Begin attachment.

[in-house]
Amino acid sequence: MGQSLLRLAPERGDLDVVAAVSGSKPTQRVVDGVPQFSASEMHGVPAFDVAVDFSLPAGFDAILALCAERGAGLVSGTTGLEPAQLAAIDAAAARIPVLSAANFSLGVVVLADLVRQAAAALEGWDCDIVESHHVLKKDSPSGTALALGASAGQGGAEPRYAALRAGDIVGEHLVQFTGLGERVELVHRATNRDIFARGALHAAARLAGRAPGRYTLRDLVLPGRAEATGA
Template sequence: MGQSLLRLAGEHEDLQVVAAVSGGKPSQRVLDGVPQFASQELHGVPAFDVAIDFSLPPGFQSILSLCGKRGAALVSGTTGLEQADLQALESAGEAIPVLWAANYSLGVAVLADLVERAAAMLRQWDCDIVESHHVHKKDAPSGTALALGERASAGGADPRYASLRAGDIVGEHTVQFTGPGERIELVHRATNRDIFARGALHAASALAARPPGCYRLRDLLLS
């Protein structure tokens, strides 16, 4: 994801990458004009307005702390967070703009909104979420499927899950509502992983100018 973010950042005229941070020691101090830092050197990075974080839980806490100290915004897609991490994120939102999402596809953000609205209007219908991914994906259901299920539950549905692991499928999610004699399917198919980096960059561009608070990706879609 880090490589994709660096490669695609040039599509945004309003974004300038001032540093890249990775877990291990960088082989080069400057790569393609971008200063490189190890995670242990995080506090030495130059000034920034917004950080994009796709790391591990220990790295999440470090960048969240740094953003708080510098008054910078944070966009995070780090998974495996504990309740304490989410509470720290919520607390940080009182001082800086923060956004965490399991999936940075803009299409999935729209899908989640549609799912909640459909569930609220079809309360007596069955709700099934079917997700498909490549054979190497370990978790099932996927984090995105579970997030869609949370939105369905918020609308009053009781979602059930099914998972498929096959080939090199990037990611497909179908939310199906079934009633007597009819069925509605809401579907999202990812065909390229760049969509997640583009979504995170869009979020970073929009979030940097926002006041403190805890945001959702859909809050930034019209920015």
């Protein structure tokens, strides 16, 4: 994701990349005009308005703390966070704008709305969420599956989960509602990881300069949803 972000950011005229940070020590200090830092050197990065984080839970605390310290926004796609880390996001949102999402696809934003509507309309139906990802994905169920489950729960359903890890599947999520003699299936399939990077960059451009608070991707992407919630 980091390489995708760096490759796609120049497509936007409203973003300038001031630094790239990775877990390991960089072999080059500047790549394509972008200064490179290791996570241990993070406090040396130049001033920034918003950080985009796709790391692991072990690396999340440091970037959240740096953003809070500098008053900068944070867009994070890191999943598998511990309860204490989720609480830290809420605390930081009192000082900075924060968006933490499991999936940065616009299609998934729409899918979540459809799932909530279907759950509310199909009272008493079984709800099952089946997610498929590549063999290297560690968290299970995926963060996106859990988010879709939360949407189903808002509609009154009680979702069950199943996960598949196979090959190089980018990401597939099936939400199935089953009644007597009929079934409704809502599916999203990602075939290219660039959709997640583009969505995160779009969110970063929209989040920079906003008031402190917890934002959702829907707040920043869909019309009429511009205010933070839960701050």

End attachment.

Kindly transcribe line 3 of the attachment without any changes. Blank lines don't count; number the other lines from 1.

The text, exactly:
Template sequence: MGQSLLRLAGEHEDLQVVAAVSGGKPSQRVLDGVPQFASQELHGVPAFDVAIDFSLPPGFQSILSLCGKRGAALVSGTTGLEQADLQALESAGEAIPVLWAANYSLGVAVLADLVERAAAMLRQWDCDIVESHHVHKKDAPSGTALALGERASAGGADPRYASLRAGDIVGEHTVQFTGPGERIELVHRATNRDIFARGALHAASALAARPPGCYRLRDLLLS